As you can see on the following figure, we have effectively accomplished the control of pH through the autotrophic growth of Synechocystis sp. PCC 6803. Thus opening the door to the construction of the CopH, the controller of pH.
Well, we wanted to use pH as a switch for the action of li bacteriocins.
How have we done this?
Short answer: cyanobacteria growing only on light, CO2, commercial fertilizer and H2O
Long answer: keep reading!
Objectives of the culture
By introducing a culture of cyanobaceria Synechocystis sp. PCC 6803 we intent to ensure that the pH changes resulting from growth and proliferation function as a switch to enable the denaturation of the colicins. The objective is that, as time goes by, the colicins produced by Escherichia coli will be produced but inactive until the pH reaches the optimum range of activation, thus getting activated and producing cell lysis and killing pathogens.In order to develop what we have stated above, we need to know:
- How to establish the culture at the laboratory
- The temporal evolution of the pH in the culture
Growing cyanobacteria under laboratory conditions
The materials used were:
- 18W fluorescent tubes of white light, special tubes for aquariums that divide the spectrum mostly between the peaks of the visible red and blue light, which stimulate the photosynthesis.
- 100 ml and 200 ml flasks
- Air Pumps
- Commercial COMPO Fertilizer
- Distilled, tap and Type II analytical water
- Cardboard boxes
- Household aluminium foil
We decided to perform fed-batch growth, in which the addition of nutrientres occurs periodically, so that we could maintain cyanobacterial exponential growth phase as long as possible without reaching the maximum load limit.
We designed a low-cost photobioreactor using our lamps, cardboard boxes and aluminum foil in ordert to build a reflector box in which we made all our measurements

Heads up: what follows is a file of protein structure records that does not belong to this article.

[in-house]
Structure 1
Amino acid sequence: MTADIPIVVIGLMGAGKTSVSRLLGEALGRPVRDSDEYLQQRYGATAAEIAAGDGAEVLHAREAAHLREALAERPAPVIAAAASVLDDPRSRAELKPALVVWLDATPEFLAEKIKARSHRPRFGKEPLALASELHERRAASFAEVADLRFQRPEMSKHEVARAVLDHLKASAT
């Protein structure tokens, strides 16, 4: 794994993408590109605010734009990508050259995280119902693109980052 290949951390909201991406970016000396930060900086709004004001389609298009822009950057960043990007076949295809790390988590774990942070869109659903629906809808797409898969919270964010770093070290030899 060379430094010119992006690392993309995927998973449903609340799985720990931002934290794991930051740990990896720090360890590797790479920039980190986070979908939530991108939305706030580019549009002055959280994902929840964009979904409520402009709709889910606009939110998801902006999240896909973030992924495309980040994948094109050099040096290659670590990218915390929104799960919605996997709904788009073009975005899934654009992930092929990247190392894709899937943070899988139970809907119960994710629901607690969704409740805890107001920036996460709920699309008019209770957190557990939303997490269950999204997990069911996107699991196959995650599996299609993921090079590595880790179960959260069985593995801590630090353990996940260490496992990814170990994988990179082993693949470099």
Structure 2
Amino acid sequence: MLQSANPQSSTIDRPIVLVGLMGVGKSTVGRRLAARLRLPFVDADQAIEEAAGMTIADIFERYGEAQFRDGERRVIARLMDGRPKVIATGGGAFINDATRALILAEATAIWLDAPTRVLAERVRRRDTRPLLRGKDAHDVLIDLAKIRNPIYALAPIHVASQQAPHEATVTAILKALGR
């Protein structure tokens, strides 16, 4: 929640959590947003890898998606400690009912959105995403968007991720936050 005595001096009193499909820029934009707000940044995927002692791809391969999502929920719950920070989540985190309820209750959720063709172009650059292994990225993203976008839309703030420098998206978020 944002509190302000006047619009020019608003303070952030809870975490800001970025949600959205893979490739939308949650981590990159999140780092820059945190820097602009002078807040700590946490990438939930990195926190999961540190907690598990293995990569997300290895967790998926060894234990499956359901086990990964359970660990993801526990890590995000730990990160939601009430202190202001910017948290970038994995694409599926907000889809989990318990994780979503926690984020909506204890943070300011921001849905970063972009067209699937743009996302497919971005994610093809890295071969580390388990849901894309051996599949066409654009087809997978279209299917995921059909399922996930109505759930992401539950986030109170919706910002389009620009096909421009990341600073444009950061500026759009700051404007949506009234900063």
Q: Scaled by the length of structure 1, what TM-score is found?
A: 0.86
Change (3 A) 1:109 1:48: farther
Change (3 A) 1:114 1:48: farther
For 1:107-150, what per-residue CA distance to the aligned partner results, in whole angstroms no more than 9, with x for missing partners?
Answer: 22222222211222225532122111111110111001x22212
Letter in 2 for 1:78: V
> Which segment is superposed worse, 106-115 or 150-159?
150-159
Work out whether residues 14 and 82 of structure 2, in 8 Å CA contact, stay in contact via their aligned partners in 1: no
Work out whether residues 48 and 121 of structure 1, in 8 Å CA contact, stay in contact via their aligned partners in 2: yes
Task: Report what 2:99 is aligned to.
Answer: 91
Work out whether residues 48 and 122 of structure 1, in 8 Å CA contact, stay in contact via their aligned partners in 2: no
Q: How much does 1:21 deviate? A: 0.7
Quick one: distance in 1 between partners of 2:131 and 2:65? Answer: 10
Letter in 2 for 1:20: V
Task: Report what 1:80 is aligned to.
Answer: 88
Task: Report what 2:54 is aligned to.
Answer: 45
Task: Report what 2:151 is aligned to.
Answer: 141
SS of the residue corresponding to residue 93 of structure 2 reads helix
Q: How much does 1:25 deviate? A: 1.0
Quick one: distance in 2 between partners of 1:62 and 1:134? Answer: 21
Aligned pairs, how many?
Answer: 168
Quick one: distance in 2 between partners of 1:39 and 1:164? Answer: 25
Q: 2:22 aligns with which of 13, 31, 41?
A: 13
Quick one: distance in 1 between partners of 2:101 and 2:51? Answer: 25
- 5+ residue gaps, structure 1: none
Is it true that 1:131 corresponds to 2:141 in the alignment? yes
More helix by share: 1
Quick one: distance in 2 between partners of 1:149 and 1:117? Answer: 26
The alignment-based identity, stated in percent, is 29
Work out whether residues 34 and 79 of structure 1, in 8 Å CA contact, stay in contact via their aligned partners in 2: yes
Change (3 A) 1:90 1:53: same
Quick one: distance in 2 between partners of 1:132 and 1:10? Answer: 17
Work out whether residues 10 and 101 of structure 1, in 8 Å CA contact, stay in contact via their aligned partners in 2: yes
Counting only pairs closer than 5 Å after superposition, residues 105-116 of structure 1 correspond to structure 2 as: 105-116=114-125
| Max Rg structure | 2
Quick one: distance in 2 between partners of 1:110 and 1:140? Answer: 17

Study of growth parameters
Our first experiment consisted of a growth variables study so as to know the habitat preferences of the cyanobacterium. We made six cultures with different media conditions and we looked at its effects on growth. We distinguished two different groups:
1. First group, consisting of cultures C1, C2 and C3, which have tap, distilled and analytical water, respectively. It also uses a reflector box, which increases the irradiation of light on the culture, and a magnetic stirrer, which prevents the deposition of cells on the bottom.
2. The second one, made up of cultures C4, C5 and C6, without reflector box or magnetic stirrer.
The day after having inoculated the culture, absorbancy data were collected and cell concentration measured on a Neubauer chamber. The absorbancy was measured at 440 nm and 750 nm as the first was the highest absorbancy value after a spectrophotometer sweep and the second was taken according to references (Burrows, EH, et al., 2009 & JF Allen, 2008).
Cultures C1, C2, C4 and C5 tend to decrease in chlorophyll content, an indicator of the concentration of cells diminishes over time, i.e., they are dying. In contrast, cultures C3 and C6, not only survive, but also increase their concentration, thus they grow.